LOS ANGELES (AP) — In an awards season where everything seemed like a wild card, Thursday's Oscar nominations were packed with snubs and surprises. Here are some of this year's biggest:
GREAT SCOTT! NO DIRECTOR NOMINATION FOR RIDLEY
Despite Matt Damon's film festival lobbying and the fact that "The Martian" was clearly one of the most popular films of the year among Academy members with seven nominations including best picture (third after "The Revenant" and "Mad Max: Fury Road"), 78-year-old Ridley Scott was not singled out as a directing nominee. Scott has never won an Oscar, despite being nominated three times for "Thelma & Louise," ''Gladiator" and "Black Hawk Down." As a producer of "The Martian," he does have a shot at walking away with that golden statuette if it wins best picture, though.
A 'ROOM' WITH A GOLDEN VIEW
"Room" was considered a lock for a best actress nomination for star Brie Larson, though it wasn't necessarily seen as a strong contender in other categories — but it ended up with a best picture and best director nomination for Lenny Abrahamson. This is the first nomination for Abrahamson, who beat out directors like Ridley Scott, Ryan Coogler ("Creed"), Quentin Tarantino ("The Hateful Eight") and Todd Haynes ("Carol").
A BITTERSWEET LOVE SONG FOR 'CAROL'
It's hard to look at a film with six major nominations, including best actress (Cate Blanchett), best supporting actress (Rooney Mara), best cinematography (Ed Lachman) and best adapted screenplay (Phyllis Nagy), as a failure by any means, but it should sting that the incredibly well-received film did not earn a best picture nomination or a best director nomination for Todd Haynes. Worth noting: Academy members opted for eight best picture nominees — and they could have gone for 10.
COMPTON'S TRUNCATED CINDERELLA STORY
Box office and critical favorite "Straight Outta Compton" has been the Cinderella story of awards season, picking up its share of Guild nominations and critics' awards in recent weeks, including a prestigious Producers Guild and Screen Actors Guild ensemble cast nomination, leading some to hope that the trend might continue to the Oscars. The film earned a single nomination for best original screenplay.
JOY FOR JLAW
Director David O. Russell's hot streak ("Silver Linings Playbook," ''American Hustle") might have cooled a bit with "Joy," but even in an unexceptional movie, star Jennifer Lawrence is still an Academy darling through and through. Her 2016 best actress nomination makes her the youngest actor ever at age 25 to have four Oscar nominations to her name. Three of those are for the aforementioned Russell movies, too.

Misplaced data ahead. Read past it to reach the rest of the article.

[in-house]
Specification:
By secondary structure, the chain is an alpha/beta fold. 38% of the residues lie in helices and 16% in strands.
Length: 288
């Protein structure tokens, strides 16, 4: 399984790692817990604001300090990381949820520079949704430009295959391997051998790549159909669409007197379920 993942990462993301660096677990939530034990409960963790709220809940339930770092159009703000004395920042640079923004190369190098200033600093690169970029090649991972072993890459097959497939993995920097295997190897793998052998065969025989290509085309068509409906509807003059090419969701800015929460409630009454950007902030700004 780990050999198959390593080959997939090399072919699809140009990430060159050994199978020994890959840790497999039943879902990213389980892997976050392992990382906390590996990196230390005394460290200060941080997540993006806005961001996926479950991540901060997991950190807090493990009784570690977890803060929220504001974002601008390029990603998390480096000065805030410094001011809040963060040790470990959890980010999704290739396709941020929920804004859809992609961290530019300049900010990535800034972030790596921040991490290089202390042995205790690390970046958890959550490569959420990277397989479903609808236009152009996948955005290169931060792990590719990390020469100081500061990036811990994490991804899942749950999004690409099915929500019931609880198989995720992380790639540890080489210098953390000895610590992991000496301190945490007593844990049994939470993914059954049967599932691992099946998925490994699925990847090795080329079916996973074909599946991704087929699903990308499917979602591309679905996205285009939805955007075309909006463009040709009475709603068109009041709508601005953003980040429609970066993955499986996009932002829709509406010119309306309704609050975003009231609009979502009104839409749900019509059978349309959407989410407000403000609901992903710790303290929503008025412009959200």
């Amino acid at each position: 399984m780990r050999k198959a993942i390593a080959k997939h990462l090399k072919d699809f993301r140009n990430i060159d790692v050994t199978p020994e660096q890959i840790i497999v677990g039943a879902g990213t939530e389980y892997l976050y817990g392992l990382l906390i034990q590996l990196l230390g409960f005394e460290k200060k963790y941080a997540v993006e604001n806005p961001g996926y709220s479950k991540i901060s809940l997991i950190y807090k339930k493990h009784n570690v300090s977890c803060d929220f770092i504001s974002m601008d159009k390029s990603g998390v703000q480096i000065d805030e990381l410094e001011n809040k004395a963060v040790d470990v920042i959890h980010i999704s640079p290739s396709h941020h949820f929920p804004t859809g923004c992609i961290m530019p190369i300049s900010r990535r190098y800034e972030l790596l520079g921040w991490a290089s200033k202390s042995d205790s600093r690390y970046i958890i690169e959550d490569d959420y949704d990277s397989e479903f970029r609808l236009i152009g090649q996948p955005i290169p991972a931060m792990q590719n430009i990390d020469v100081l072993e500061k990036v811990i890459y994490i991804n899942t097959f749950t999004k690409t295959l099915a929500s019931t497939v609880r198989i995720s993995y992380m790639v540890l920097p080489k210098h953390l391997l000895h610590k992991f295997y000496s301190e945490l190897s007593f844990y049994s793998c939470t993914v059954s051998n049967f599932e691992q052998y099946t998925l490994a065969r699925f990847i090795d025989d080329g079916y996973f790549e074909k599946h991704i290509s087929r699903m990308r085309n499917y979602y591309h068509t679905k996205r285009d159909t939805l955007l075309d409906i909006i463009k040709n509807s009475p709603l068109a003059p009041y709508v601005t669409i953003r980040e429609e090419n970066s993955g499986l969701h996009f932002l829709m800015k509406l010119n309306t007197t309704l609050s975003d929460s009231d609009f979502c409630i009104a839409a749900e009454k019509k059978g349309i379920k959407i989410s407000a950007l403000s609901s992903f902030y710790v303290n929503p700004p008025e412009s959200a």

NETFLIX SCORES WITH DOCS, NOT FEATURE
It wasn't a question of whether or not "Beasts of No Nation" would be nominated for an Oscar, it was more like how many would Netflix's first original feature get. Netflix had a solid chance of establishing itself as a major player with its narrative feature debut "Beasts of No Nation," but the tale of a child soldier in West Africa was completely shut out of the Oscar noms — especially surprising for director Cary Fukunaga, and supporting star Idris Elba. Netflix's documentaries "What Happened, Miss Simone" and "Winter on Fire: Ukraine's Fight For Freedom" were nominated.
STAR WARS STAYS TECHNICAL
Aside from a nomination for composer John Williams (his 45th for scoring, and 50th overall), "Star Wars: The Force Awakens" did not break through the technical achievements wall. A best picture nomination may have been a bit of a long shot for the highest-grossing film in U.S. history, but that doesn't mean it's not a bit of a disappointment considering how well the film has been received.
Alex Gibney's explosive look into the secretive religion in "Going Clear: Scientology and the Prison of Belief" made the shortlist for best documentary, but didn't make the cut for the final five.
SORKIN SHUT OUT
When "Steve Jobs" floundered at the box office in wide release, the once promising awards juggernaut fell out of favorite as a sure thing. The Academy came in with a last-minute save, recognizing both Michael Fassbender and Kate Winslet for their performances, but conspicuously missing was screenwriter Aaron Sorkin for his crackling adaptation of Walter Isaacson's book. Wordsmith Quentin Tarantino also was left out from the screenplay category.
STUDIOS LOSE ANIMATION BET
The Academy didn't default to including every major studio's animated release (like "The Peanuts Movie," ''Minions" and "The Good Dinosaur"), allowing two foreign films to be nominated in the category — Studio Ghibli's "When Marnie Was There" and the Brazilian film "Boy & the World."
WHAT IS POPULAR ISN'T ALWAYS NOMINATED
The original song category was full of surprises — especially with its inclusion of documentary songs "Manta Ray" from "Racing Extinction" and "Til It Happens to You" from "The Hunting Ground." These took the spots of more favored hits like Wiz Khalifa's "Furious 7" song "See You Again," Brian Wilson's "One Kind of Love" from "Love & Mercy" and the "Fifty Shades of Grey" breakout "Love Me Like You Do." The Weeknd's "Earned It" from "Fifty Shades of Grey" was nominated instead.